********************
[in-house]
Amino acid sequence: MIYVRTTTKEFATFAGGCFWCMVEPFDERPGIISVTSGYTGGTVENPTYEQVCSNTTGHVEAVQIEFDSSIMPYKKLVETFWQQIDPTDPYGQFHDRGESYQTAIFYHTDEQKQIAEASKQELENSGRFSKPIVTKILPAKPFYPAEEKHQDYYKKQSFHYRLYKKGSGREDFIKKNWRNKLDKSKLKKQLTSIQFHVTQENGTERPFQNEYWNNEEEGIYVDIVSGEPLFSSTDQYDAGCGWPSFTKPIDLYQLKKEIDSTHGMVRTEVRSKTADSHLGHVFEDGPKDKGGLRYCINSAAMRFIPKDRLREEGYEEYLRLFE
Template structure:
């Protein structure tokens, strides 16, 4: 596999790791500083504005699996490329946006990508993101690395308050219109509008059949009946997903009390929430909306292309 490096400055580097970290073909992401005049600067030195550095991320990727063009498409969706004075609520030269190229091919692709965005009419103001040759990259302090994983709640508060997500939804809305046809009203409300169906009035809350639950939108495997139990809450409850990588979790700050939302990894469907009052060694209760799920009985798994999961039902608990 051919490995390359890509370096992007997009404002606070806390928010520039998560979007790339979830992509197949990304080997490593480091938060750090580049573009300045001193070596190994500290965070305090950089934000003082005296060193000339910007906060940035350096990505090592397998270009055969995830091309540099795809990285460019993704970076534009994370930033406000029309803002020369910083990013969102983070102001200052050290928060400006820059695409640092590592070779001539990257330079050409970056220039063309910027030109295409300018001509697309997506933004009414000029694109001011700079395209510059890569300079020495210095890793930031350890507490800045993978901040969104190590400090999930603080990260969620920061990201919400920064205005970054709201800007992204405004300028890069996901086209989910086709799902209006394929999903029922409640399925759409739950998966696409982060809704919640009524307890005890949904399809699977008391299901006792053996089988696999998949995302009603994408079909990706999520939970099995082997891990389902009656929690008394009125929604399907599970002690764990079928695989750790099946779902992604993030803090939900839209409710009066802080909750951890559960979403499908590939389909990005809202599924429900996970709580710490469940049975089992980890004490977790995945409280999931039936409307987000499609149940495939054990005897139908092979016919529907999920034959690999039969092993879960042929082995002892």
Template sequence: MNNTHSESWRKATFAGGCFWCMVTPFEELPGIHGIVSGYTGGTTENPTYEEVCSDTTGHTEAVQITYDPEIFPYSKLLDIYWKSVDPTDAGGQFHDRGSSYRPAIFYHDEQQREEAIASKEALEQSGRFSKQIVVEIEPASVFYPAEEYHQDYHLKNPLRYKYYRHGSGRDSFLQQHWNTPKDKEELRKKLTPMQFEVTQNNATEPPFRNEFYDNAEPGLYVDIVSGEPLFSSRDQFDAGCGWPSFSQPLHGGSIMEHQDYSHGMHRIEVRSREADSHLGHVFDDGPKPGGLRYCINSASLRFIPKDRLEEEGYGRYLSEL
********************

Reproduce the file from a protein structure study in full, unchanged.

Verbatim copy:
[in-house]
Amino acid sequence: MIYVRTTTKEFATFAGGCFWCMVEPFDERPGIISVTSGYTGGTVENPTYEQVCSNTTGHVEAVQIEFDSSIMPYKKLVETFWQQIDPTDPYGQFHDRGESYQTAIFYHTDEQKQIAEASKQELENSGRFSKPIVTKILPAKPFYPAEEKHQDYYKKQSFHYRLYKKGSGREDFIKKNWRNKLDKSKLKKQLTSIQFHVTQENGTERPFQNEYWNNEEEGIYVDIVSGEPLFSSTDQYDAGCGWPSFTKPIDLYQLKKEIDSTHGMVRTEVRSKTADSHLGHVFEDGPKDKGGLRYCINSAAMRFIPKDRLREEGYEEYLRLFE
Template structure:
């Protein structure tokens, strides 16, 4: 596999790791500083504005699996490329946006990508993101690395308050219109509008059949009946997903009390929430909306292309 490096400055580097970290073909992401005049600067030195550095991320990727063009498409969706004075609520030269190229091919692709965005009419103001040759990259302090994983709640508060997500939804809305046809009203409300169906009035809350639950939108495997139990809450409850990588979790700050939302990894469907009052060694209760799920009985798994999961039902608990 051919490995390359890509370096992007997009404002606070806390928010520039998560979007790339979830992509197949990304080997490593480091938060750090580049573009300045001193070596190994500290965070305090950089934000003082005296060193000339910007906060940035350096990505090592397998270009055969995830091309540099795809990285460019993704970076534009994370930033406000029309803002020369910083990013969102983070102001200052050290928060400006820059695409640092590592070779001539990257330079050409970056220039063309910027030109295409300018001509697309997506933004009414000029694109001011700079395209510059890569300079020495210095890793930031350890507490800045993978901040969104190590400090999930603080990260969620920061990201919400920064205005970054709201800007992204405004300028890069996901086209989910086709799902209006394929999903029922409640399925759409739950998966696409982060809704919640009524307890005890949904399809699977008391299901006792053996089988696999998949995302009603994408079909990706999520939970099995082997891990389902009656929690008394009125929604399907599970002690764990079928695989750790099946779902992604993030803090939900839209409710009066802080909750951890559960979403499908590939389909990005809202599924429900996970709580710490469940049975089992980890004490977790995945409280999931039936409307987000499609149940495939054990005897139908092979016919529907999920034959690999039969092993879960042929082995002892």
Template sequence: MNNTHSESWRKATFAGGCFWCMVTPFEELPGIHGIVSGYTGGTTENPTYEEVCSDTTGHTEAVQITYDPEIFPYSKLLDIYWKSVDPTDAGGQFHDRGSSYRPAIFYHDEQQREEAIASKEALEQSGRFSKQIVVEIEPASVFYPAEEYHQDYHLKNPLRYKYYRHGSGRDSFLQQHWNTPKDKEELRKKLTPMQFEVTQNNATEPPFRNEFYDNAEPGLYVDIVSGEPLFSSRDQFDAGCGWPSFSQPLHGGSIMEHQDYSHGMHRIEVRSREADSHLGHVFDDGPKPGGLRYCINSASLRFIPKDRLEEEGYGRYLSEL